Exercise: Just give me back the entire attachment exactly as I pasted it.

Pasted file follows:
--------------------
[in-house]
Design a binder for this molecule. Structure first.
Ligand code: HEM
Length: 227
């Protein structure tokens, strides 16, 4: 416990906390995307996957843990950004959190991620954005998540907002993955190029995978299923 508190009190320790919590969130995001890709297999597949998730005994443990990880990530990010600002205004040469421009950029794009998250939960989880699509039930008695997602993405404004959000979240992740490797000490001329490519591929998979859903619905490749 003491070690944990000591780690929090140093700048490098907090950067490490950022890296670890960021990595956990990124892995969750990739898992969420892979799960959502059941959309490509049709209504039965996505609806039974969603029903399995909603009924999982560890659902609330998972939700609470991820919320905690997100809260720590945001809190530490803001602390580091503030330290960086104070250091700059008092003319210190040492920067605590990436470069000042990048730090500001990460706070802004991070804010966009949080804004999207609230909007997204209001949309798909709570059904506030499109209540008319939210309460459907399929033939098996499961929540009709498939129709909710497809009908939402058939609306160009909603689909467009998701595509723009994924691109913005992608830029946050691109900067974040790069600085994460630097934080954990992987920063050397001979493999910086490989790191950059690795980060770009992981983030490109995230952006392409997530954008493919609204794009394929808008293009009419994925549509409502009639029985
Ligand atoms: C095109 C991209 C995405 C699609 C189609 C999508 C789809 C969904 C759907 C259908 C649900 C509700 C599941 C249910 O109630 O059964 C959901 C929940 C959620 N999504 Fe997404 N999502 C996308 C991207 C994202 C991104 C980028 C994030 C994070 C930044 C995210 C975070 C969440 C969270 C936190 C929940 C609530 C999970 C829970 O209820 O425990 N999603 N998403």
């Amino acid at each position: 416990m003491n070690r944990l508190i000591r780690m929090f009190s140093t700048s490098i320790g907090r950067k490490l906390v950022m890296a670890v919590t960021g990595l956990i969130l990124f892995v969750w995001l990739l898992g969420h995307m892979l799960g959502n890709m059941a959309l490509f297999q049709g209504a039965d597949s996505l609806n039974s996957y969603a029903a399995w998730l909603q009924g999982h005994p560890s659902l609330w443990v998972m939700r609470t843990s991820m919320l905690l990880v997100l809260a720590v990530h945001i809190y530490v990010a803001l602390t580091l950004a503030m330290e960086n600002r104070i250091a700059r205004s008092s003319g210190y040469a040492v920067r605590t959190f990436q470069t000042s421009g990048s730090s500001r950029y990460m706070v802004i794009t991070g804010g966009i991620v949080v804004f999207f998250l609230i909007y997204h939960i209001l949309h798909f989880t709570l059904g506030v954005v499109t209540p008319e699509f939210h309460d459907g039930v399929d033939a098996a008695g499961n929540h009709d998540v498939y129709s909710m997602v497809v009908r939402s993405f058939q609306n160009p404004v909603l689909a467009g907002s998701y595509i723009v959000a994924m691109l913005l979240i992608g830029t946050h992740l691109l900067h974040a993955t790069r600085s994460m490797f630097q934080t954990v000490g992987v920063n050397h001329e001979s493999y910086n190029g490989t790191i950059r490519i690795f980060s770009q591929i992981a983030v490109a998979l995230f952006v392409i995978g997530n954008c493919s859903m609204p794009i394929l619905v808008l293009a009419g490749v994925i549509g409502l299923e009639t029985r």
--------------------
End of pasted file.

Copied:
[in-house]
Design a binder for this molecule. Structure first.
Ligand code: HEM
Length: 227
């Protein structure tokens, strides 16, 4: 416990906390995307996957843990950004959190991620954005998540907002993955190029995978299923 508190009190320790919590969130995001890709297999597949998730005994443990990880990530990010600002205004040469421009950029794009998250939960989880699509039930008695997602993405404004959000979240992740490797000490001329490519591929998979859903619905490749 003491070690944990000591780690929090140093700048490098907090950067490490950022890296670890960021990595956990990124892995969750990739898992969420892979799960959502059941959309490509049709209504039965996505609806039974969603029903399995909603009924999982560890659902609330998972939700609470991820919320905690997100809260720590945001809190530490803001602390580091503030330290960086104070250091700059008092003319210190040492920067605590990436470069000042990048730090500001990460706070802004991070804010966009949080804004999207609230909007997204209001949309798909709570059904506030499109209540008319939210309460459907399929033939098996499961929540009709498939129709909710497809009908939402058939609306160009909603689909467009998701595509723009994924691109913005992608830029946050691109900067974040790069600085994460630097934080954990992987920063050397001979493999910086490989790191950059690795980060770009992981983030490109995230952006392409997530954008493919609204794009394929808008293009009419994925549509409502009639029985
Ligand atoms: C095109 C991209 C995405 C699609 C189609 C999508 C789809 C969904 C759907 C259908 C649900 C509700 C599941 C249910 O109630 O059964 C959901 C929940 C959620 N999504 Fe997404 N999502 C996308 C991207 C994202 C991104 C980028 C994030 C994070 C930044 C995210 C975070 C969440 C969270 C936190 C929940 C609530 C999970 C829970 O209820 O425990 N999603 N998403």
């Amino acid at each position: 416990m003491n070690r944990l508190i000591r780690m929090f009190s140093t700048s490098i320790g907090r950067k490490l906390v950022m890296a670890v919590t960021g990595l956990i969130l990124f892995v969750w995001l990739l898992g969420h995307m892979l799960g959502n890709m059941a959309l490509f297999q049709g209504a039965d597949s996505l609806n039974s996957y969603a029903a399995w998730l909603q009924g999982h005994p560890s659902l609330w443990v998972m939700r609470t843990s991820m919320l905690l990880v997100l809260a720590v990530h945001i809190y530490v990010a803001l602390t580091l950004a503030m330290e960086n600002r104070i250091a700059r205004s008092s003319g210190y040469a040492v920067r605590t959190f990436q470069t000042s421009g990048s730090s500001r950029y990460m706070v802004i794009t991070g804010g966009i991620v949080v804004f999207f998250l609230i909007y997204h939960i209001l949309h798909f989880t709570l059904g506030v954005v499109t209540p008319e699509f939210h309460d459907g039930v399929d033939a098996a008695g499961n929540h009709d998540v498939y129709s909710m997602v497809v009908r939402s993405f058939q609306n160009p404004v909603l689909a467009g907002s998701y595509i723009v959000a994924m691109l913005l979240i992608g830029t946050h992740l691109l900067h974040a993955t790069r600085s994460m490797f630097q934080t954990v000490g992987v920063n050397h001329e001979s493999y910086n190029g490989t790191i950059r490519i690795f980060s770009q591929i992981a983030v490109a998979l995230f952006v392409i995978g997530n954008c493919s859903m609204p794009i394929l619905v808008l293009a009419g490749v994925i549509g409502l299923e009639t029985r």